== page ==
Aug. 24 (Bloomberg) -- AMR Corp. told a bankruptcy judge that its reorganization plan should be approved even though the U.S. Justice Department has sued to block a merger with US Airways Group Inc. that it depends on.
Waiting to resolve the government’s antitrust case would be “destabilizing,” AMR, the parent company of American Airlines, said yesterday in a court filing in U.S. Bankruptcy Court in Manhattan.
The U.S. said yesterday that it took no position on whether the bankruptcy court should approve the plan before the antitrust question is resolved. The government has asked a federal judge in Washington to set a February trial for the antitrust case.
Failure to confirm the plan when all other conditions have been met under bankruptcy law would “add an unwarranted element of uncertainty to the administration of the Chapter 11 cases and would introduce a destabilizing factor,” Fort Worth, Texas- based AMR said. The expectations of customers, vendors, suppliers, employees and business partners all need to be met, the airline company said.
AMR and US Airways have said they want the antitrust case tried in November. Both sides have asked U.S. District Judge Colleen Kollar-Kotelly in Washington for a hearing to set a timetable for the trial. A February proceeding would “cause serious harm and cannot be justified,” the airlines said in a joint filing.
The U.S. lawsuit threw up a roadblock to American Airlines’ plan to exit bankruptcy through a merger that would create the world’s biggest airline. It surprised industry executives and analysts after the Justice Department allowed six airlines to merge during the past five years as the companies sought to cut costs and end losses.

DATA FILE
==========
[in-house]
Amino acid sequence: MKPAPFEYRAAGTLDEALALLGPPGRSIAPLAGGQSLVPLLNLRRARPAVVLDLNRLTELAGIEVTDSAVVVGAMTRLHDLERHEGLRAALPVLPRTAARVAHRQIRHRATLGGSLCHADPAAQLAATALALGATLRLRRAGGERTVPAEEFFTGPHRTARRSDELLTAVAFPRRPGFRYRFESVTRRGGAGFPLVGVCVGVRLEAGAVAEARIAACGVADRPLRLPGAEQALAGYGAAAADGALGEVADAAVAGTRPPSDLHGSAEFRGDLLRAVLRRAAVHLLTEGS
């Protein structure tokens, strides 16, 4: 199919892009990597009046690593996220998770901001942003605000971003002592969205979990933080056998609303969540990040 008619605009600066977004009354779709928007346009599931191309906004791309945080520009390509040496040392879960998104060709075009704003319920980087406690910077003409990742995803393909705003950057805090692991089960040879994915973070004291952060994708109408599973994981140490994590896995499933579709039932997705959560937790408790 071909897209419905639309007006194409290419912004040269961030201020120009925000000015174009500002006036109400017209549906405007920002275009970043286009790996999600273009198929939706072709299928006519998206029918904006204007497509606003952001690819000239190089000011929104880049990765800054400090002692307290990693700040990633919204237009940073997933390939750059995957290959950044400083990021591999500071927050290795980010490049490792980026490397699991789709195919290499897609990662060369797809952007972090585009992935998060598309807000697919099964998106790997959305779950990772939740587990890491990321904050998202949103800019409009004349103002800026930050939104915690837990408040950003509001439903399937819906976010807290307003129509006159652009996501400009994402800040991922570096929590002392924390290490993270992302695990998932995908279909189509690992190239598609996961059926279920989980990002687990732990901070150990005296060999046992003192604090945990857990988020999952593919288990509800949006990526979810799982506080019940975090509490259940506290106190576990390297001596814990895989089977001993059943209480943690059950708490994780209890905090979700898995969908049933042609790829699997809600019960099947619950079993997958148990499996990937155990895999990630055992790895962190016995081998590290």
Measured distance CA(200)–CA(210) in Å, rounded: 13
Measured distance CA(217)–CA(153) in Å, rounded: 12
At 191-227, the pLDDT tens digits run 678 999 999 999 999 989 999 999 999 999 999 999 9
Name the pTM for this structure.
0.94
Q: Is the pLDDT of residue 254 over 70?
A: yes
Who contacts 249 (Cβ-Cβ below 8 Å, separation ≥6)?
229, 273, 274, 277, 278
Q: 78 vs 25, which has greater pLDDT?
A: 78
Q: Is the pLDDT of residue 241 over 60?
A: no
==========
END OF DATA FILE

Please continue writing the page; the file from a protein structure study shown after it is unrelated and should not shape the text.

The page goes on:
Even if the reorganization plan is confirmed by the bankruptcy judge, the company would have to postpone its exit from bankruptcy until the antitrust case is resolved, according to the AMR filing yesterday. If AMR can’t get clearance to merge, its plan would become null and void, and its bankruptcy would continue, according to the filing.
The committee of unsecured creditors said in a separate filing yesterday it supported immediate confirmation of the plan as the path forward chosen by all the company’s stakeholders after “an 18-month restructuring process and a thorough assessment of all reasonable restructuring alternatives.”
The risk of a regulatory issue arising had already been considered, as had the possibility of a long delay until the plan was effective, the creditors said in their filing.
The Association of Professional Flight Attendants also said it supports confirming a plan now.
The Justice Department said it was notified of the airlines’ merger plans on Jan. 31 and asked by the airlines to make a decision before the bankruptcy court’s Aug. 15 confirmation hearing.
The airlines in May produced the bulk of the material requested by the Justice Department, according to the U.S. filing yesterday.
“Throughout its investigation, the department engaged with the airlines on the concerns raised by the proposed merger; these discussions culminated in a series of meetings in late July and early August,” the Justice Department said.
A meeting requested by the airlines with Bill Baer, the head of the antitrust division, took place Aug. 6, a week before the division filed its lawsuit.
As the proceedings heat up, the Justice Department yesterday named David Gelfand, a partner at Cleary, Gottlieb, Steen & Hamilton LLP in Washington, as head of litigation for the antitrust division.
The antitrust case is U.S. v. US Airways Group Inc., 13- cv-01236, U.S. District Court, District of Columbia (Washington). The bankruptcy case is In re AMR Corp., 11- bk-15463, U.S. Bankruptcy Court, Southern District of New York (Manhattan).
--With assistance from Mary Schlangenstein in Dallas. Editors: Andrew Dunn, Fred Strasser